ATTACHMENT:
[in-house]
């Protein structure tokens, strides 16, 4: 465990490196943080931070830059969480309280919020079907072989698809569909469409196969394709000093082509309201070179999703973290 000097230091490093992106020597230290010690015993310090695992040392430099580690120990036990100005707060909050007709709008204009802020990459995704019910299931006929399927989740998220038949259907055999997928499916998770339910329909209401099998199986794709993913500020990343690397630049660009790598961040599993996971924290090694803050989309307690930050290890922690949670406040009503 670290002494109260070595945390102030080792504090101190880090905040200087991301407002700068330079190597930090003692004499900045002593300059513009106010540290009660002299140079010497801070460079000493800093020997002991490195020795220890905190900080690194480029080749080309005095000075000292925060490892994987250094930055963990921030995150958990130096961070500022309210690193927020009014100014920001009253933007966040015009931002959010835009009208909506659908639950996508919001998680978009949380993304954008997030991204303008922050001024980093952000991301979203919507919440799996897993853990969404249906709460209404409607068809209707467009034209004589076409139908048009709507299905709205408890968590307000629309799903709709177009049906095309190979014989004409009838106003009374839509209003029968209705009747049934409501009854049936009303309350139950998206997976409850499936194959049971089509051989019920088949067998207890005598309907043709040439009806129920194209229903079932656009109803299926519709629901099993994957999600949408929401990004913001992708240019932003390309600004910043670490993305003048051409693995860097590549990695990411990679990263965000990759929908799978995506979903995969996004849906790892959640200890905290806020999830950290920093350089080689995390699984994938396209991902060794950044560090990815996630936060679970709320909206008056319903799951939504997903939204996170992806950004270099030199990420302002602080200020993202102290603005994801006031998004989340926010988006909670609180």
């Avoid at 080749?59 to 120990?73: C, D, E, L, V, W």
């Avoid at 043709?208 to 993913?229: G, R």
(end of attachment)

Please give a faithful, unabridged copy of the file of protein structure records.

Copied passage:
[in-house]
């Protein structure tokens, strides 16, 4: 465990490196943080931070830059969480309280919020079907072989698809569909469409196969394709000093082509309201070179999703973290 000097230091490093992106020597230290010690015993310090695992040392430099580690120990036990100005707060909050007709709008204009802020990459995704019910299931006929399927989740998220038949259907055999997928499916998770339910329909209401099998199986794709993913500020990343690397630049660009790598961040599993996971924290090694803050989309307690930050290890922690949670406040009503 670290002494109260070595945390102030080792504090101190880090905040200087991301407002700068330079190597930090003692004499900045002593300059513009106010540290009660002299140079010497801070460079000493800093020997002991490195020795220890905190900080690194480029080749080309005095000075000292925060490892994987250094930055963990921030995150958990130096961070500022309210690193927020009014100014920001009253933007966040015009931002959010835009009208909506659908639950996508919001998680978009949380993304954008997030991204303008922050001024980093952000991301979203919507919440799996897993853990969404249906709460209404409607068809209707467009034209004589076409139908048009709507299905709205408890968590307000629309799903709709177009049906095309190979014989004409009838106003009374839509209003029968209705009747049934409501009854049936009303309350139950998206997976409850499936194959049971089509051989019920088949067998207890005598309907043709040439009806129920194209229903079932656009109803299926519709629901099993994957999600949408929401990004913001992708240019932003390309600004910043670490993305003048051409693995860097590549990695990411990679990263965000990759929908799978995506979903995969996004849906790892959640200890905290806020999830950290920093350089080689995390699984994938396209991902060794950044560090990815996630936060679970709320909206008056319903799951939504997903939204996170992806950004270099030199990420302002602080200020993202102290603005994801006031998004989340926010988006909670609180």
């Avoid at 080749?59 to 120990?73: C, D, E, L, V, W």
């Avoid at 043709?208 to 993913?229: G, R």